Binghamton University Art Museum to open fall exhibitions with ‘not but nothing other: African-American Portrayals, 1930s to Today’

Elizabeth Catlett (1915 – 2012) Harriet, 1975, Linocut (12 x 9 ¾ in.) Crystal Bridges Museum of American Art. Image Credit: Crystal Bridges Museum of American Art.
Elizabeth Catlett (1915 – 2012) Harriet, 1975, Linocut (12 x 9 ¾ in.) Crystal Bridges Museum of American Art.
Elizabeth Catlett (1915 – 2012) Harriet, 1975, Linocut (12 x 9 ¾ in.) Crystal Bridges Museum of American Art. Photography: Crystal Bridges Museum of American Art.

BINGHAMTON, N.Y. – The Binghamton University Art Museum will open its fall exhibitions with not but nothing other: African-American Portrayals, 1930s to Today at a reception from 5−7 p.m. Thursday, Sept. 5, at the Binghamton University Art Museum. The opening will feature a poetry reading by local resident Brenda Cave-James. The exhibition will remain on display until Saturday, Dec. 7.

The exhibition presents an array of depictions of and by Black Americans, providing a wide-ranging survey of how artists over the last 90 years have responded to the challenge of picturing African-American selfhood in paintings, sculptures, prints, drawings and photographs. Key eras of creative production, from the Harlem Renaissance to the Civil Rights and Black Power era, as well as our present moment, are represented by artworks drawn from the holdings of prominent U.S. public collections, along with works from the Binghamton University Art Museum. Lenders include the Art Bridges Foundation, the Crystal Bridges Museum of American Art, the Albright-Knox Art Gallery and the Fisk University Galleries.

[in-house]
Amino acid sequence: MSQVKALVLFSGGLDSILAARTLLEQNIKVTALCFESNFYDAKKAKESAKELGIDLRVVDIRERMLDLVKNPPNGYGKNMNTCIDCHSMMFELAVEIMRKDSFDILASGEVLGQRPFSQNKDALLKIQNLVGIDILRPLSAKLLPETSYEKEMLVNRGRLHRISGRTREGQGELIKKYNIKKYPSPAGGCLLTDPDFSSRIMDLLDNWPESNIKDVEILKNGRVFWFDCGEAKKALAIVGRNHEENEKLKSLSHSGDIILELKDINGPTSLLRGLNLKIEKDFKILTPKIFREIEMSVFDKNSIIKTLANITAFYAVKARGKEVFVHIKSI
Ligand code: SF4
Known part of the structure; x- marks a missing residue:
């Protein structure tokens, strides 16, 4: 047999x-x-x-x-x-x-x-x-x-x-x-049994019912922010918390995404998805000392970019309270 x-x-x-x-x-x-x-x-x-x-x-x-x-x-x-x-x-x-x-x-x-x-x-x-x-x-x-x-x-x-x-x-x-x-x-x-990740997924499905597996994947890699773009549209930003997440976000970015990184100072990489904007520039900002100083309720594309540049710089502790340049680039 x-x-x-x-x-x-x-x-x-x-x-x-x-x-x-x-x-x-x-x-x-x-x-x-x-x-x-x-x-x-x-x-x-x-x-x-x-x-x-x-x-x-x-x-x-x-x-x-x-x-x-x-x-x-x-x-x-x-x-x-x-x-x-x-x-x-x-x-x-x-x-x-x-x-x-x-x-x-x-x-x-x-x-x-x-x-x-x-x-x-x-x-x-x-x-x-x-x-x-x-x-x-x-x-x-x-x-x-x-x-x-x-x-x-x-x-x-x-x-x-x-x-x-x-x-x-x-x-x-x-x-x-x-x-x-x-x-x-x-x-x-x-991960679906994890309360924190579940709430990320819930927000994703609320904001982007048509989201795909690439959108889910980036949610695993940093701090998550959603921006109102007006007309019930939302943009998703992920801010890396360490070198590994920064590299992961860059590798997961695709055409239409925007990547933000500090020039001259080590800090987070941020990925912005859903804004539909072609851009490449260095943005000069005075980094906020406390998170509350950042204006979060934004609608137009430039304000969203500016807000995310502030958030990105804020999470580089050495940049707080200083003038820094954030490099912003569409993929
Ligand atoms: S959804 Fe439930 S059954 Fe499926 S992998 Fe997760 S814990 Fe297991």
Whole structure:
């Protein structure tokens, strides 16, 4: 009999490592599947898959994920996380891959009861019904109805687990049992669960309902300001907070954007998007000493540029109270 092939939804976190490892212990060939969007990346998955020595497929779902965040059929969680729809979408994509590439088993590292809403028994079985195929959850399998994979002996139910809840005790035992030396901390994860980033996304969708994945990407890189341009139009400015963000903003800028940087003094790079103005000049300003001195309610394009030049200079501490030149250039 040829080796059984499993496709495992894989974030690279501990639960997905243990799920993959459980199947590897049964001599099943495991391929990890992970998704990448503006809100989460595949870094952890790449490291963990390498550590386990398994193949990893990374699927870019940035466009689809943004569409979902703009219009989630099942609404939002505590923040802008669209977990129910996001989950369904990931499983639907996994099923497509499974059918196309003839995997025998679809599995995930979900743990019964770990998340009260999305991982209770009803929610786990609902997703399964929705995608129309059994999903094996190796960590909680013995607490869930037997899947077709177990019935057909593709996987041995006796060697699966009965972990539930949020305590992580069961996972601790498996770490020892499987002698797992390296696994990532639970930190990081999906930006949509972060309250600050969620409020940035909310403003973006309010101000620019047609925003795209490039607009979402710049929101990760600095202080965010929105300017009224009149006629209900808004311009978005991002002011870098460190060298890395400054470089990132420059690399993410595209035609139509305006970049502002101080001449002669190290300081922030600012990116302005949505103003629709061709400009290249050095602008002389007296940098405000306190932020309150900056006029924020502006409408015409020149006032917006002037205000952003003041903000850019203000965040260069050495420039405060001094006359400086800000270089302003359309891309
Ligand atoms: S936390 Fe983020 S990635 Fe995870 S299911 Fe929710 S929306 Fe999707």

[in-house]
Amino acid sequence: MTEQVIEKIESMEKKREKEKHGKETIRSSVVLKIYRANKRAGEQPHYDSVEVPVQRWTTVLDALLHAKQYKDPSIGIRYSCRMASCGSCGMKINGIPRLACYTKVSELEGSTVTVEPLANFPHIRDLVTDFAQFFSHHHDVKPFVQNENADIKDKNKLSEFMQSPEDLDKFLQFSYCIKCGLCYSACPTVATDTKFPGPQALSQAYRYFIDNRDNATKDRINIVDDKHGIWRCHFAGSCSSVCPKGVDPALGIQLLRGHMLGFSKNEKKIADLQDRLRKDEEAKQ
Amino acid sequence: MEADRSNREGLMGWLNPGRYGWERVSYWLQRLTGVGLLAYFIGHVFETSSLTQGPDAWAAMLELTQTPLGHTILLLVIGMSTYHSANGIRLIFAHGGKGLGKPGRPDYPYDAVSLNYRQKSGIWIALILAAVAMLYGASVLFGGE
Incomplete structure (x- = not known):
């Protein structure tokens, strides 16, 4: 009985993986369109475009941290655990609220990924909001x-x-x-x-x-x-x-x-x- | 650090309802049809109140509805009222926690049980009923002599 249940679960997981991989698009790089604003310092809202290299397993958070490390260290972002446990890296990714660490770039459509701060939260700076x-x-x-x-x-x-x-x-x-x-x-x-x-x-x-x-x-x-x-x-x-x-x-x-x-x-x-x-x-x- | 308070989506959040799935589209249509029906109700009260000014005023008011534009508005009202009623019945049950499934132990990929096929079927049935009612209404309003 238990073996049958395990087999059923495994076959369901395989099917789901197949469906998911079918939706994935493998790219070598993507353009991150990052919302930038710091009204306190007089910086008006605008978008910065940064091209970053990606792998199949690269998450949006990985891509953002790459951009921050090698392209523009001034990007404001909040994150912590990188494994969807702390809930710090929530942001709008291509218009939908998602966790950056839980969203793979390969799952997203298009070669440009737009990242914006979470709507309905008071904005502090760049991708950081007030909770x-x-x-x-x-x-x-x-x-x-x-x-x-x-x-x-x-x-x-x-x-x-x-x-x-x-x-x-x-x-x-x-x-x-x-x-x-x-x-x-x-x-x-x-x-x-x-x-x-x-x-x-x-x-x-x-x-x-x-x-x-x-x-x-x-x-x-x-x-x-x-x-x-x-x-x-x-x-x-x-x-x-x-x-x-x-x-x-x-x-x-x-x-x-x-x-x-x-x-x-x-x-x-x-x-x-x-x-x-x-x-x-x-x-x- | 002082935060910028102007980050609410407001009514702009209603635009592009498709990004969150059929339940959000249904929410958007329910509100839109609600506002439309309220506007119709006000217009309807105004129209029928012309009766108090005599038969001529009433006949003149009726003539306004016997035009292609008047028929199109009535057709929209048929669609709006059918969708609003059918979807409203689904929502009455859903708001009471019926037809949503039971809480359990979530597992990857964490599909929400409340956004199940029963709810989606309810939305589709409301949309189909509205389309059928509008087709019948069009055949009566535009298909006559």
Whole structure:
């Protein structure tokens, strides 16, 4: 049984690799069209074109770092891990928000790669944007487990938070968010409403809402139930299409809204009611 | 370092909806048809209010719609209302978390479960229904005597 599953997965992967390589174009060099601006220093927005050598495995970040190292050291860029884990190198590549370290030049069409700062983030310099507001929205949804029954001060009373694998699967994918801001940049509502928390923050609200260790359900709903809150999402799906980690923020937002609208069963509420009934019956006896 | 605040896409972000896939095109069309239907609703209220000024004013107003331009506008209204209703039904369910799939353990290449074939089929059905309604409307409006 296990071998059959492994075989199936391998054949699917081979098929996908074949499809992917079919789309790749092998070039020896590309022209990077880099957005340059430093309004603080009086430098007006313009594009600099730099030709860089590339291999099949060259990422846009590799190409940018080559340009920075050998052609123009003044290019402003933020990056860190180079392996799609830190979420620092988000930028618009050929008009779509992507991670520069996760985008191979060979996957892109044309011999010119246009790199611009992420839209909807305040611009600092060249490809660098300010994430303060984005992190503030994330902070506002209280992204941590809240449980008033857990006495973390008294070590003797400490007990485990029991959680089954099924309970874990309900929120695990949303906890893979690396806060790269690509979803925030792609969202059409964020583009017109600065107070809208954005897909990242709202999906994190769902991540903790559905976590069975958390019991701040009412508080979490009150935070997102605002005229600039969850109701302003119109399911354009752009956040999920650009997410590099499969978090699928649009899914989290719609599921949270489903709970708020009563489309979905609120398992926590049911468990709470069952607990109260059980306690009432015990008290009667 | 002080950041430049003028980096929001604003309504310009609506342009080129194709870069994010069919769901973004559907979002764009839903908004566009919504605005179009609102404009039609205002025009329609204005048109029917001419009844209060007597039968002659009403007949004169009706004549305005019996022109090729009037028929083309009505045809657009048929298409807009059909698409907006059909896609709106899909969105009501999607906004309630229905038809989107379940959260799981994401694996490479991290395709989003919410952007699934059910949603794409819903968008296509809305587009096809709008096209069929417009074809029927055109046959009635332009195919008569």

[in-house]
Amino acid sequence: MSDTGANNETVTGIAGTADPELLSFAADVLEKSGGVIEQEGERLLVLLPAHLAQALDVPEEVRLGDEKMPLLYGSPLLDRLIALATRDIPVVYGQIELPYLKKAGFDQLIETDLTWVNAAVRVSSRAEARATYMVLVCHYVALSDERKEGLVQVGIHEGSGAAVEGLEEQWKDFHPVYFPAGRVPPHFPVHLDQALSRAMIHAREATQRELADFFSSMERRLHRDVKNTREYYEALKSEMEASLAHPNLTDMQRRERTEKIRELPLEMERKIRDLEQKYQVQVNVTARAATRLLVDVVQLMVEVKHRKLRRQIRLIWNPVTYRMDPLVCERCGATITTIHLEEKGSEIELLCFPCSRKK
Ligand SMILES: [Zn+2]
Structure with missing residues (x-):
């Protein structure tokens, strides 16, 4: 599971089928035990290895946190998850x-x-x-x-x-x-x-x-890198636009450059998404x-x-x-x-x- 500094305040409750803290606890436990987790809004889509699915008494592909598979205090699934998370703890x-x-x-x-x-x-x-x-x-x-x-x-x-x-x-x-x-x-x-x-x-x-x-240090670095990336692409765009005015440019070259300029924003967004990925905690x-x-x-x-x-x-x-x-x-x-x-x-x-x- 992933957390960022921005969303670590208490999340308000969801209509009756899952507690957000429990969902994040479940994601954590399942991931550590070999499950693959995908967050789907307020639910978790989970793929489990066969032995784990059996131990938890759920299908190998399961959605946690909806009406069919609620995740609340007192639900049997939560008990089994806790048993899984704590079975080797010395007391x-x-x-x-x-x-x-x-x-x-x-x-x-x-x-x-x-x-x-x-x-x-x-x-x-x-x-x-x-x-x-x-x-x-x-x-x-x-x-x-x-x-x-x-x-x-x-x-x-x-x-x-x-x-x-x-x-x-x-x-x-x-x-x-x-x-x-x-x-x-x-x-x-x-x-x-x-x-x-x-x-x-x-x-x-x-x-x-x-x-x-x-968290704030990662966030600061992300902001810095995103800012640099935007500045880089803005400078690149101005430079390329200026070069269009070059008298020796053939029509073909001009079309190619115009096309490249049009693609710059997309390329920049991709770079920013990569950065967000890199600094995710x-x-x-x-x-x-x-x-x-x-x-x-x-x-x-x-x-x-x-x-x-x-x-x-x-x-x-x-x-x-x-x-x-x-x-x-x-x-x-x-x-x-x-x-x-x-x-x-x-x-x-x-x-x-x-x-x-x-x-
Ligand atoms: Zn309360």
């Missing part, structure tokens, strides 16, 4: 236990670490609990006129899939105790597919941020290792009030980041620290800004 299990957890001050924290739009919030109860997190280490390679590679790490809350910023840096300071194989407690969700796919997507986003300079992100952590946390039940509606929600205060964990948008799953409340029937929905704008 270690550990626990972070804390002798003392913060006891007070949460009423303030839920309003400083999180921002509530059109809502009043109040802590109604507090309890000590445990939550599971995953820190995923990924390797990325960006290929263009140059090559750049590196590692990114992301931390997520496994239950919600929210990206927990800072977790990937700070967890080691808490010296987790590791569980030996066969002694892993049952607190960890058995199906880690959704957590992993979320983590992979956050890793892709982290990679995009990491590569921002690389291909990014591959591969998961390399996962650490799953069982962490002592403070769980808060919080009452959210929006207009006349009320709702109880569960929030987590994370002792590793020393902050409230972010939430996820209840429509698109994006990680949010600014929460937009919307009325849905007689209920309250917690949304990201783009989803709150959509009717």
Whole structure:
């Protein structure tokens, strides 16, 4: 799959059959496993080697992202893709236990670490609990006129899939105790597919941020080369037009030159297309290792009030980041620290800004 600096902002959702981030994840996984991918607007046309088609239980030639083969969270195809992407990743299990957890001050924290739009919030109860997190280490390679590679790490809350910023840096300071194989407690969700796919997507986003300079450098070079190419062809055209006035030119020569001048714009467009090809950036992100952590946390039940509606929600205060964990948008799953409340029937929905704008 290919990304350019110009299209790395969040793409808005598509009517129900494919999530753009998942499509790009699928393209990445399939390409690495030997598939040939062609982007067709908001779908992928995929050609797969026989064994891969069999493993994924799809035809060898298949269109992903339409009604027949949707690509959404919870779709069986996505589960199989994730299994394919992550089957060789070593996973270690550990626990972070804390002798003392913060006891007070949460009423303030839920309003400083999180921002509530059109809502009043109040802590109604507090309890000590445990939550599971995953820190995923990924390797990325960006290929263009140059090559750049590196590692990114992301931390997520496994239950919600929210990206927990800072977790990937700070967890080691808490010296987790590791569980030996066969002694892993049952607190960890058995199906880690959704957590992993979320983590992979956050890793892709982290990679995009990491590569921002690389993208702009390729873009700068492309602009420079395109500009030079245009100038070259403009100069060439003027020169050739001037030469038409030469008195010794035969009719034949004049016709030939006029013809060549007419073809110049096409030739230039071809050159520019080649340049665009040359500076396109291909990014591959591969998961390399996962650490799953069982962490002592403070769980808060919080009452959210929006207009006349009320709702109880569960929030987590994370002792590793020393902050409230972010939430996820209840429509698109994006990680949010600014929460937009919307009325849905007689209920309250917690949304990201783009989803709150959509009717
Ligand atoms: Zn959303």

not but nothing other” features some of the most significant artists of the last 100 years, including pioneers such as Romare Bearden and Aaron Douglas, breakthrough figures of the 1970s such as Emma Amos and Barkley Hendricks, and contemporary innovators such as Glenn Ligon and Kerry James Marshall. From portraits of artists and intellectuals to re-imaginings of historical figures such as Harriet Tubman, from realistic renderings to conceptual experiments, these works evidence the ongoing struggle to affirm Black identity within an America still marked by the history of segregation. Gathered together in this exhibition — the first time such an extensive of selection of artists of color has been shown at the University Art Museum — these works attest to the rich artistic legacies of self-representation bequeathed to the present by multiple generations of African-American creators.

In conjunction with the exhibition, the University Art Museum is hosting a wide range of public programs. Events over the course of the fall semester will include presentations and conversations by Ruben Santiago-Hudson ’78, Ysaye Maria Barnwell, Fred Moten and Willie Cole.

Performances by youth from the Boys & Girls Club of Binghamton, the University Gospel Choir and original music compositions by Binghamton University students will also take place in the Art Museum. The sculpture Falling Man (1973) by the late Ed Wilson, who taught at Binghamton University for more than three decades, will be unveiled at 2 p.m. Saturday, Sept. 21, during Homecoming 2019 weekend.

Details for these and other programs can be found on the Binghamton University Art Museum webpage under Events.

The exhibition was organized by Tom McDonough, associate professor of art history at Binghamton University. Generous support for this project is provided by Art Bridges.

All events are free and open to the public, unless otherwise noted. For more information, visit binghamton.edu/art-museum.

Posted in: Arts & Culture